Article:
In the dim garage I drunkenly pry again about the motivation behind his swastika tattoos

I passed a bottle of Jack Daniels with neighborhood kids
fifteen years after I’d left—on the coattails of turning 18—

kids I used to play freeze tag with at the bus stop
or who my mom used to watch for Day Care.

I’d missed their formative years, the slow slide of
the neighborhood into an entropic suburban Sons of Anarchy

parody where the heroin & brass knuckles left bruises
& tracks & drew blood that looked pretty damn real.

I just remember playing hide & seek with these kids—
watching their LA Lights trail off through the side yard.

Ryan, that little hockey-obsessed runt was over 250 now
& eager to tell me about how during his last time inside

all he had to do was take off his shirt in the yard
& his tats did the talking. Multiple large swastikas.

I’d missed a significant span of his life. Sure, he was shoplifting
cards by the time I’d left—a typical middleschool kid—

but I wasn’t holier than thou. He would always be
part bowl-haircut goalie stopping my slapshot tennis balls.

But somewhere he found a strange path, & though
there may have been more racism than I recognized at the time,

we were always more of a Workers of the World unite,
pull-your-own-weight, we’re-all-equal sort of zone

as far as I’d known. Even our Lutheran Church seemed,
to me— a blue-haired skate punk—more of a passive voice

that judged you to a point but then shrugged & moved on—
I think you may go to hell, but you do you I guess—

was the threat of hellfire filtered through Minnesota-Nice.
So I wanted to know why white supremacy. So I asked.

I was genuinely interested, but my much-nearer sober wife—
San Diego native, alien in the sub-zero weather but not to prejudice—

refereed from the sidelines, eyes wide because she imagined
a quick-to-violence party in Klantee, Santee’s fun nickname

all-too-familiar to her teenage years. But these were my people,
my lost sheep, I could lead them back into the fold of non-assholes.

I was about that level of drunk. Apparently I was an idol there.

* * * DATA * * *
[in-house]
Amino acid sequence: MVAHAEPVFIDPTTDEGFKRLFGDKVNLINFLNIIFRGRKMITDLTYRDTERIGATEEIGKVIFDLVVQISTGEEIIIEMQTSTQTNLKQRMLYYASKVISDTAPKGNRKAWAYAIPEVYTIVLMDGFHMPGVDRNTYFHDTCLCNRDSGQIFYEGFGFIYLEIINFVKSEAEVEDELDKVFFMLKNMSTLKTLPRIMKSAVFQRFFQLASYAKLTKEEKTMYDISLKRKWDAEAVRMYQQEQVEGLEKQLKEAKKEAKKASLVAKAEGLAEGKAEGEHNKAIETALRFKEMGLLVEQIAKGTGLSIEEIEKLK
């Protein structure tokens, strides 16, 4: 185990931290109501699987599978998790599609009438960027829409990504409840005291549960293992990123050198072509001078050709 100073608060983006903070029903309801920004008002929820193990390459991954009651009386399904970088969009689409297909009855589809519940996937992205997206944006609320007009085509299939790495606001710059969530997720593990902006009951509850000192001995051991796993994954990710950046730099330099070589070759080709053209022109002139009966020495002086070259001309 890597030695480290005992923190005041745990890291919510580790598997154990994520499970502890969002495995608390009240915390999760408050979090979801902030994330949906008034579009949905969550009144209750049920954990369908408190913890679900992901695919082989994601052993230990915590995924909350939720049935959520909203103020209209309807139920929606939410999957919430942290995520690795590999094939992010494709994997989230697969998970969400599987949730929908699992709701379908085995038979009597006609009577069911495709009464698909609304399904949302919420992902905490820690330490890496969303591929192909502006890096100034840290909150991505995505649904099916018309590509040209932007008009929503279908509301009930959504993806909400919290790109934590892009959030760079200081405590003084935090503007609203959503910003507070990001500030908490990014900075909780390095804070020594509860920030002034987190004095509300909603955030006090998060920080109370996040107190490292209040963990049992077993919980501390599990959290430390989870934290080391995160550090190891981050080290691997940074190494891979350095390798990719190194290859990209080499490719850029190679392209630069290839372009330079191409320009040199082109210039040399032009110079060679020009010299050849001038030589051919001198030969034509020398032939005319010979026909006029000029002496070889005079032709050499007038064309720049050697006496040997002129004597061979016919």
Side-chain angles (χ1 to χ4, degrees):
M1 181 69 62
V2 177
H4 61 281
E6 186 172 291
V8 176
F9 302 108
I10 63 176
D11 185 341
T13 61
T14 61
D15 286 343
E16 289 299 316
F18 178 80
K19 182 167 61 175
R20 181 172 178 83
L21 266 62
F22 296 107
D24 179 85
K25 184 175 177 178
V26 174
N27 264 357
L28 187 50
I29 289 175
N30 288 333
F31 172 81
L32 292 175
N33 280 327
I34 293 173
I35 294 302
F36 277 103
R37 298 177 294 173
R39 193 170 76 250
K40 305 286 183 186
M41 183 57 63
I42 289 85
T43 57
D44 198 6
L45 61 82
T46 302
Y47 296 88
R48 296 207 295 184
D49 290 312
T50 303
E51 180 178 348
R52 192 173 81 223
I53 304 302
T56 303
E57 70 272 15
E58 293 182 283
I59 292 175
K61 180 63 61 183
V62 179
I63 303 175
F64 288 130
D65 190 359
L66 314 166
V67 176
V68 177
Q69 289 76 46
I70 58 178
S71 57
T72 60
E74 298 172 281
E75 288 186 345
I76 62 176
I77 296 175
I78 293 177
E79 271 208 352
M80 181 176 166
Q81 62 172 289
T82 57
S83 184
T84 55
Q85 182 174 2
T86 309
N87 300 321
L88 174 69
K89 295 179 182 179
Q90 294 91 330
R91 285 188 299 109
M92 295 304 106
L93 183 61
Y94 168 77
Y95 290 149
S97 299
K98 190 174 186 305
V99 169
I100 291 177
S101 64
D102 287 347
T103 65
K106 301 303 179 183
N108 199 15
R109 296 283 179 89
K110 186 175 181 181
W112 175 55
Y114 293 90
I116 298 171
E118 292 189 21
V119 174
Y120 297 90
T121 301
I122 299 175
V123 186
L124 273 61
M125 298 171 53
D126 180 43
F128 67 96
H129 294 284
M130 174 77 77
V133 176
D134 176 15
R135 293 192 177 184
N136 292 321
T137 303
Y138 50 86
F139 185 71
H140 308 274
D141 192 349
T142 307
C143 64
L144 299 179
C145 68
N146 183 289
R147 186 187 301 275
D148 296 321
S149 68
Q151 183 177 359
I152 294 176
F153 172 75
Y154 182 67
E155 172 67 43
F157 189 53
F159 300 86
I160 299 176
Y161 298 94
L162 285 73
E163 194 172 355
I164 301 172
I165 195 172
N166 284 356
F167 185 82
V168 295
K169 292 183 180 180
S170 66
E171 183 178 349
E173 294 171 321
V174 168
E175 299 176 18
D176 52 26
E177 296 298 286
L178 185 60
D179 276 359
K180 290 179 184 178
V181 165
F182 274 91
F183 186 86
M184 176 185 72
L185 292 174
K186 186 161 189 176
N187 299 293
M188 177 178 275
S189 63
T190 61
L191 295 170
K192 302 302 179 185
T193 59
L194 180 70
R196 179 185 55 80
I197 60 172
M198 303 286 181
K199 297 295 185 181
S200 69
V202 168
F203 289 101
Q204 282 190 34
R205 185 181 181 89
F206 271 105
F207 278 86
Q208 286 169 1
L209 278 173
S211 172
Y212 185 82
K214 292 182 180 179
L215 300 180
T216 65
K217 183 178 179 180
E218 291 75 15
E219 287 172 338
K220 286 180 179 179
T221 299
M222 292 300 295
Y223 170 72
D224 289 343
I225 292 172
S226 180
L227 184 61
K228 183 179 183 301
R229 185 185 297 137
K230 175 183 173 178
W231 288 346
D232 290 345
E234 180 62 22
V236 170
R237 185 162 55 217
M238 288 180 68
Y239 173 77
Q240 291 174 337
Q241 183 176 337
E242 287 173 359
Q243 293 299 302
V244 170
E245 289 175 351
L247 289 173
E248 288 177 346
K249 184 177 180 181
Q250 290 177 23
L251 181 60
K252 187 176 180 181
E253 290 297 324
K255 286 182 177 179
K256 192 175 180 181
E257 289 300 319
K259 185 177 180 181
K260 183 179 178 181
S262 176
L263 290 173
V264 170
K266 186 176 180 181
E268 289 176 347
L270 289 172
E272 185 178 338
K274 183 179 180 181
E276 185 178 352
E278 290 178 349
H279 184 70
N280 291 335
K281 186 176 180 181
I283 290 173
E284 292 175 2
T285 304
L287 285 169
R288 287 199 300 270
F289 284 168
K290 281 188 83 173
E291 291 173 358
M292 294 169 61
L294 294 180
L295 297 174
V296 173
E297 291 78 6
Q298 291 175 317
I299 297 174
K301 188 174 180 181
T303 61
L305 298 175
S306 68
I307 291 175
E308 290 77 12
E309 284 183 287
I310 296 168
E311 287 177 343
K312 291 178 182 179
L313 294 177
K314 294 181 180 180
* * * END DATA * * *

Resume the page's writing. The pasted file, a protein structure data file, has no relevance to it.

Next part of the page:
I’d escaped—made it to the coast like a wagoneer, lived the skate-dream

which was interesting—I’d forgotten the dream hadn’t always
included being rich enough to not work. We’d all worked.

It’s who we were. We were hardworking Scandinavian stock
solid in the cold, mittenless mostly but more pragmatic than proud.

We understood toil & we loved stories—each eager to add
our own tall tale to the bonfire. Ryan never really got my questions,

but also didn’t think I was fucking with him & break the bottle
over my head & gnash the smashed glass stem in my eye.

Really, I wasn’t fucking with him—I wanted him to have a drunken
epiphanic moment & change his ways, because, I don’t know

it would be like my own little indie movie. Jessica & I held hands
as we walked in the twilight to the third garage or basement party

in the night of liquor-hopping my still-underage sister had networked,
ending with basement video games & more beer in the quiet backyard

of my older brother’s best friend’s house, not for that tie but
because my younger brother & sister were tight with his brother—

the suburban web so thickly interwoven you could string it
between two evergreen branches, lay supine & inhale the piney air.

We used to roam the streets on green maple leaf evenings
all night at miles range. We cut through yards, hopped fences,

we caught the tiniest toads you’ve ever seen at the library pond
behind Richard’s house, brother of my brother’s once-best man.

Outside, the uneven patio held puddles just at that perfect icing-over
where you could tap it & leave it intact or tap & snap it.

We breathed mist & listened to the sound of cold-resistant birds
already preempting the sun with their incessantly upbeat peeps.

Zebulon Huset is a writer and photographer living in San Diego. His writing has recently appeared in The Southern Review, Louisville Review, Meridian, North American Review, Fjords Review, Portland Review, Texas Review and Fence, among others. He publishes a writing prompt blog (Notebooking Daily) and his flash fiction submission guide was featured at The Review Review.